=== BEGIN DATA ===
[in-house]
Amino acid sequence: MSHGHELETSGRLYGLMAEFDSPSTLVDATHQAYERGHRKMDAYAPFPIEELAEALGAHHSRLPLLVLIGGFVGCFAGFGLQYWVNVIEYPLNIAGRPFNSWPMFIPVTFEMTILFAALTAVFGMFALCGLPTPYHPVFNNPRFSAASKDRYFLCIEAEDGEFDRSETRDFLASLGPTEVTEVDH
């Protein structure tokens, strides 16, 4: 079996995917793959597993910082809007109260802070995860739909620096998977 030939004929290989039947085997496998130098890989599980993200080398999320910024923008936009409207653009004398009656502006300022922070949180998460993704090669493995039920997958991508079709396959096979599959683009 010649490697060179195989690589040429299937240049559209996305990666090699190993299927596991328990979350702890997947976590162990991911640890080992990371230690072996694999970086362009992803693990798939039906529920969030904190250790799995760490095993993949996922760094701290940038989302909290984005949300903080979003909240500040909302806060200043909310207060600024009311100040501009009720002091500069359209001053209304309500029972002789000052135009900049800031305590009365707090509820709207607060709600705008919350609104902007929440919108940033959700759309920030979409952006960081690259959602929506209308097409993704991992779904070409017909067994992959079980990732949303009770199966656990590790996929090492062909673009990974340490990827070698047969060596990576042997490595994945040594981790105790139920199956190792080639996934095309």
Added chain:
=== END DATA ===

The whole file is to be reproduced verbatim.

[in-house]
Amino acid sequence: MSHGHELETSGRLYGLMAEFDSPSTLVDATHQAYERGHRKMDAYAPFPIEELAEALGAHHSRLPLLVLIGGFVGCFAGFGLQYWVNVIEYPLNIAGRPFNSWPMFIPVTFEMTILFAALTAVFGMFALCGLPTPYHPVFNNPRFSAASKDRYFLCIEAEDGEFDRSETRDFLASLGPTEVTEVDH
């Protein structure tokens, strides 16, 4: 079996995917793959597993910082809007109260802070995860739909620096998977 030939004929290989039947085997496998130098890989599980993200080398999320910024923008936009409207653009004398009656502006300022922070949180998460993704090669493995039920997958991508079709396959096979599959683009 010649490697060179195989690589040429299937240049559209996305990666090699190993299927596991328990979350702890997947976590162990991911640890080992990371230690072996694999970086362009992803693990798939039906529920969030904190250790799995760490095993993949996922760094701290940038989302909290984005949300903080979003909240500040909302806060200043909310207060600024009311100040501009009720002091500069359209001053209304309500029972002789000052135009900049800031305590009365707090509820709207607060709600705008919350609104902007929440919108940033959700759309920030979409952006960081690259959602929506209308097409993704991992779904070409017909067994992959079980990732949303009770199966656990590790996929090492062909673009990974340490990827070698047969060596990576042997490595994945040594981790105790139920199956190792080639996934095309």
Added chain: